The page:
Although the Petition form itself asks Petitioner to explain why the Petition is not time barred under 28 U.S.C. § 2244(d), and includes the text of § 2244(d), Snowden provided no explanation for the late filing. (Dkt. 1 at 13-4; Dkt. 4 at 13-14.) As the Supreme Court observed in Pace v. DiGuglielmo,
[P]petitioner waited years, without any valid justification, to assert these claims in his . . . petition. Had petitioner advanced his claims within a reasonable time of their availability, he would not now be facing any time problem, state or federal. And not only did petitioner sit on his rights for years before he filed his PCRA petition, but he also sat on them for five more months after his PCRA proceedings became final before deciding to seek relief in federal court. Under long-established principles, petitioner's lack of diligence precludes equity's operation.
Pace, 544 U.S. at 419 (citations and footnotes omitted).
In this case, nothing in Petitioner's submissions insinuates that he was either prevented from asserting his claims by extraordinary circumstances, or that he exercised reasonable diligence in pursuing his rights. Under these circumstances, equitable tolling of the statute of limitations does not appear to be warranted. And because nothing indicates that the interests of justice would be better served by addressing the merits of the Petition, see Day, 547 U.S. at 210, this Court will dismiss the Petition as time barred.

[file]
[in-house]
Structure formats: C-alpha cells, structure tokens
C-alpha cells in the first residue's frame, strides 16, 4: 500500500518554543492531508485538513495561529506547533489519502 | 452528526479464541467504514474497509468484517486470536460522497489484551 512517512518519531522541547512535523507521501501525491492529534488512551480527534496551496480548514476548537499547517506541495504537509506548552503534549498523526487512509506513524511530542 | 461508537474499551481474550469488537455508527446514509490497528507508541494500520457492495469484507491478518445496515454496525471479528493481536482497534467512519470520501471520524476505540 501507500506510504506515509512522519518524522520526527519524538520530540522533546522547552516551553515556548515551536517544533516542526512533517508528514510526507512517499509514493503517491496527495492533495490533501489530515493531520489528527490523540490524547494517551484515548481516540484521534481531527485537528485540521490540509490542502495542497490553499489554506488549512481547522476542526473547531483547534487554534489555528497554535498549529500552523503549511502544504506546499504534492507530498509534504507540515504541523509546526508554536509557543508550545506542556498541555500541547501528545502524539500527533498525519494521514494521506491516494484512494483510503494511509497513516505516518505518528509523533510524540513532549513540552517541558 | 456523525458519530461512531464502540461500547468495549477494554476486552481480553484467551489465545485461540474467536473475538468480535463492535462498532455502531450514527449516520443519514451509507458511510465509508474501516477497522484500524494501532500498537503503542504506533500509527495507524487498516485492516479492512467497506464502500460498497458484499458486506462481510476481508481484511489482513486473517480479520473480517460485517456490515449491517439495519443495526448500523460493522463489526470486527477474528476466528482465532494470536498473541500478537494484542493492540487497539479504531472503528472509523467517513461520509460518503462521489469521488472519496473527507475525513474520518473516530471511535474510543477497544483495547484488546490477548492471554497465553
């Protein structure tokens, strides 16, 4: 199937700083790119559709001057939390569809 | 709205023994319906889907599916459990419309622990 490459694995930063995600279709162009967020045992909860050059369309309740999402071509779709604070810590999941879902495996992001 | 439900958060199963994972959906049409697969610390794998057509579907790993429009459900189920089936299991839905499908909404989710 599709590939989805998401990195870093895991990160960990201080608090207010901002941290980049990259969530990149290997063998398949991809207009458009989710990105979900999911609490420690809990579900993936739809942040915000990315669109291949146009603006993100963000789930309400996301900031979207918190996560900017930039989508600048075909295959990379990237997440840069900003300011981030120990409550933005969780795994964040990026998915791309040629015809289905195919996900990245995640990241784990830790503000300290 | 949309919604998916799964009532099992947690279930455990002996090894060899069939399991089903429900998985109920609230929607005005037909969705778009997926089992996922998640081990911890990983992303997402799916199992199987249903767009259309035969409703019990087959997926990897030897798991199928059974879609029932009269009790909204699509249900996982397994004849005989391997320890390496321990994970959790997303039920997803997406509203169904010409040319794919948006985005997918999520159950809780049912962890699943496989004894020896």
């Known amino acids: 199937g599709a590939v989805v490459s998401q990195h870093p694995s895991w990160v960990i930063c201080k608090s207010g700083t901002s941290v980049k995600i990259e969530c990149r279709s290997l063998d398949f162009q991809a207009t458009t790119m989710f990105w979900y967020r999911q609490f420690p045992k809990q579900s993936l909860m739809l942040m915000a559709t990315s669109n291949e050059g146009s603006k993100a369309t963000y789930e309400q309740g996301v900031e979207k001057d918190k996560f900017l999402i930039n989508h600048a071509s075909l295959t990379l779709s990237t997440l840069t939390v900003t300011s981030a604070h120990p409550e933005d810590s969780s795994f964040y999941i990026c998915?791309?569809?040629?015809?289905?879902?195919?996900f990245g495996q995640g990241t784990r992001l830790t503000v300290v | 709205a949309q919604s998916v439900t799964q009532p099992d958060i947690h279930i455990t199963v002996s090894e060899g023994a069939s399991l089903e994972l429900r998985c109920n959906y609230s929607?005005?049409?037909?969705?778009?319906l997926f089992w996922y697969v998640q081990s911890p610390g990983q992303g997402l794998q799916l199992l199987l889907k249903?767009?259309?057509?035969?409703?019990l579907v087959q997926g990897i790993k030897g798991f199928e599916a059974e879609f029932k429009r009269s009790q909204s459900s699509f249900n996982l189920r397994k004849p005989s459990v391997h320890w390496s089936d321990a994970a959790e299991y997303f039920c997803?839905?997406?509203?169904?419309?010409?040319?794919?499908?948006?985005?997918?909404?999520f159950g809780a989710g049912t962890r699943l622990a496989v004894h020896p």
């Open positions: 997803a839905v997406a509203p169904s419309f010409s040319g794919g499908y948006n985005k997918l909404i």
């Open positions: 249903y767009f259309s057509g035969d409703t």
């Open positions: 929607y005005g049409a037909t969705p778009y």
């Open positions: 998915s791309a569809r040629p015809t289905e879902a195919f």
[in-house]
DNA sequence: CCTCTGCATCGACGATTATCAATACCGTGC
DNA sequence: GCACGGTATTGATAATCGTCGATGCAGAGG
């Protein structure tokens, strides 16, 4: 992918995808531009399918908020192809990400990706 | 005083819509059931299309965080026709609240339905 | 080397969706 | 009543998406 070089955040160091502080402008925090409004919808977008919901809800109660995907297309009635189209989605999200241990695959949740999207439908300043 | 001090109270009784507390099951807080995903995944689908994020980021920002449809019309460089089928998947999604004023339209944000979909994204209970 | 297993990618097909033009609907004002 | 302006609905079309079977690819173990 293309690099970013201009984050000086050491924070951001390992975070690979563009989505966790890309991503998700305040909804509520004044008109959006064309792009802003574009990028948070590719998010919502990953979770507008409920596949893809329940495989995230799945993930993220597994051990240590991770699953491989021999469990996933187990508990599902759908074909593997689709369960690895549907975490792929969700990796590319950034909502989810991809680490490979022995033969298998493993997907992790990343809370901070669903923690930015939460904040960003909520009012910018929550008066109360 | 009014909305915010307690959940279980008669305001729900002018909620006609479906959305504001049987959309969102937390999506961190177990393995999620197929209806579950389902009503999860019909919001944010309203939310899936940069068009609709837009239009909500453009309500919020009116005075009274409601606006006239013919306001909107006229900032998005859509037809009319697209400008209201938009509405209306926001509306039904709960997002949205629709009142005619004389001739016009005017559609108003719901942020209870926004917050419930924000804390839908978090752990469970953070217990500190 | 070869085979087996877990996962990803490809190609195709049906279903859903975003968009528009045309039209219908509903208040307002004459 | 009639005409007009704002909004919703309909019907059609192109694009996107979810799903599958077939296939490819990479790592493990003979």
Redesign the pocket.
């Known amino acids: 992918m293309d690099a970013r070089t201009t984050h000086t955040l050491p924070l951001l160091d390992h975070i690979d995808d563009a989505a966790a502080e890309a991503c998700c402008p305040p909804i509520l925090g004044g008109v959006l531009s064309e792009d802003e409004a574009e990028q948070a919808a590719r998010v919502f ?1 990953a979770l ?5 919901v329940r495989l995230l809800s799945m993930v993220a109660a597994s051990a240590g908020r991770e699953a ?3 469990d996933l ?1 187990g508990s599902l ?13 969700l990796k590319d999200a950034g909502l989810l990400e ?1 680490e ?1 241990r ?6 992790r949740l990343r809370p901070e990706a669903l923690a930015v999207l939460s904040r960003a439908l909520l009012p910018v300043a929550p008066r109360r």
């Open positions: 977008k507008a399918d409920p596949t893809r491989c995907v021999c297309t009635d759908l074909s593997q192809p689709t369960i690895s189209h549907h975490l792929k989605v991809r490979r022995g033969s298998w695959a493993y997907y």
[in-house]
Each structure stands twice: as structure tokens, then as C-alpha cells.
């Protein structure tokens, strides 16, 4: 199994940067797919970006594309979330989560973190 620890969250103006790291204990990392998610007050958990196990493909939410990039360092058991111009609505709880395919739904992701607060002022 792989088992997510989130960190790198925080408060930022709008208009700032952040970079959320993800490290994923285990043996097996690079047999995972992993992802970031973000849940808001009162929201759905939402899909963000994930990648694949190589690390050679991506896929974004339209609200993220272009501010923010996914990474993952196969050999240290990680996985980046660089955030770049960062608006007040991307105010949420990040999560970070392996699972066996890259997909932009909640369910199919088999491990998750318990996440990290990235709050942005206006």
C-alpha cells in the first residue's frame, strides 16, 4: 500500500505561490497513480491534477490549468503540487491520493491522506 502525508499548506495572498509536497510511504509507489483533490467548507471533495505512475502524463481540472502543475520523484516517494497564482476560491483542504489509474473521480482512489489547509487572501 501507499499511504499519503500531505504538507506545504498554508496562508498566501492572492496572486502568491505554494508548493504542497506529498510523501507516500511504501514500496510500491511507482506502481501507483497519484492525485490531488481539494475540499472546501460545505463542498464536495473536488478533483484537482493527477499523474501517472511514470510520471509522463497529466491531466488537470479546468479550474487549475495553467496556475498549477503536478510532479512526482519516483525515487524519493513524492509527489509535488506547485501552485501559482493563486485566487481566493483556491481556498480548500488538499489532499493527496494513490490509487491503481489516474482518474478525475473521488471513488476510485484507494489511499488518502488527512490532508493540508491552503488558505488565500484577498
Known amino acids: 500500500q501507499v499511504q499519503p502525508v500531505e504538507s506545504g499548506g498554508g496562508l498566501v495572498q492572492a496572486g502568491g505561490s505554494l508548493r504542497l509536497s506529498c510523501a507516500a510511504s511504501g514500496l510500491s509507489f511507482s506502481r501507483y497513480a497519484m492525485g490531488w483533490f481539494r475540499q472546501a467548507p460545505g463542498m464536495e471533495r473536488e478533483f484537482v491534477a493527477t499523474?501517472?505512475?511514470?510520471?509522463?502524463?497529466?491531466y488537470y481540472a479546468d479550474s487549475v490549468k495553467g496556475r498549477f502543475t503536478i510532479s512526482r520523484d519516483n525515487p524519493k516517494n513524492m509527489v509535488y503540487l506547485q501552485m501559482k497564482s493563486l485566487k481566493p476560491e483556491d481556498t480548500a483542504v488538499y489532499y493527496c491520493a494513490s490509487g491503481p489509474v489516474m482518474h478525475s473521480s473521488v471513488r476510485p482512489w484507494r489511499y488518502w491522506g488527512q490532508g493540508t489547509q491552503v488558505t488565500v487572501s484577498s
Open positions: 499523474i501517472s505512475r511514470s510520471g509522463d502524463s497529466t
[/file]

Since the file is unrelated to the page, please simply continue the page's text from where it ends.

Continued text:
This Court, however, cannot rule out the possibility that Petitioner might have valid grounds for statutory and/or equitable tolling of the instant Petition, and might wish to raise these grounds to show timeliness of his Petition. See Day, 547 U.S. at 210 (before acting on timeliness of petition, court must accord Petitioner fair notice and an opportunity to present his position). This Court will accordingly grant Petitioner 30 days to file a written statement which sets forth detailed tolling arguments, or otherwise presents an argument that the Petition is not untimely.*fn2
This Court will administratively terminate the case at this time for statistical purposes, but will retain jurisdiction over the Petition during this 30-day period and reopen the file to consider Petitioner's arguments in the event that he raises them within this period. See Wanger v. Hayman, Docket No. 09-6307 (SRC) order dismissing pet. (D.N.J. Jan. 3, 2011), COA denied, C.A. No. 11-1375 (3d Cir. May 26, 2011); Tozer v. Powers, Docket No. 08-2432 (RMB) order dismissing pet. (D.N.J., June 30, 2008), COA denied, C.A. No. 08-3259 (3d Cir. Dec. 11, 2008).
C. Certificate of Appealability
The AEDPA provides that an appeal may not be taken to the court of appeals from a final order in a § 2254 proceeding unless a judge issues a certificate of appealability on the ground that "the applicant has made a substantial showing of the denial of a constitutional right." 28 U.S.C. § 2253(c)(2). In Slack v. McDaniel, 529 U.S. 473, 484 (2000), the United States Supreme Court held: "When the district court denies a habeas petition on procedural grounds without reaching the prisoner's underlying constitutional claim, a COA should issue when the prisoner shows, at least, that jurists of reason would find it debatable whether the petition states a valid claim of the denial of a constitutional right and that jurists of reason would find it debatable whether the district court was correct in its procedural ruling." Id. This Court denies a certificate of appealability because jurists of reason would not find it debatable that dismissal of the Petition as untimely is correct.
Based on the foregoing, the Court dismisses the Petition as untimely and denies a certificate of appealability.
FAITH S. HOCHBERG District Judge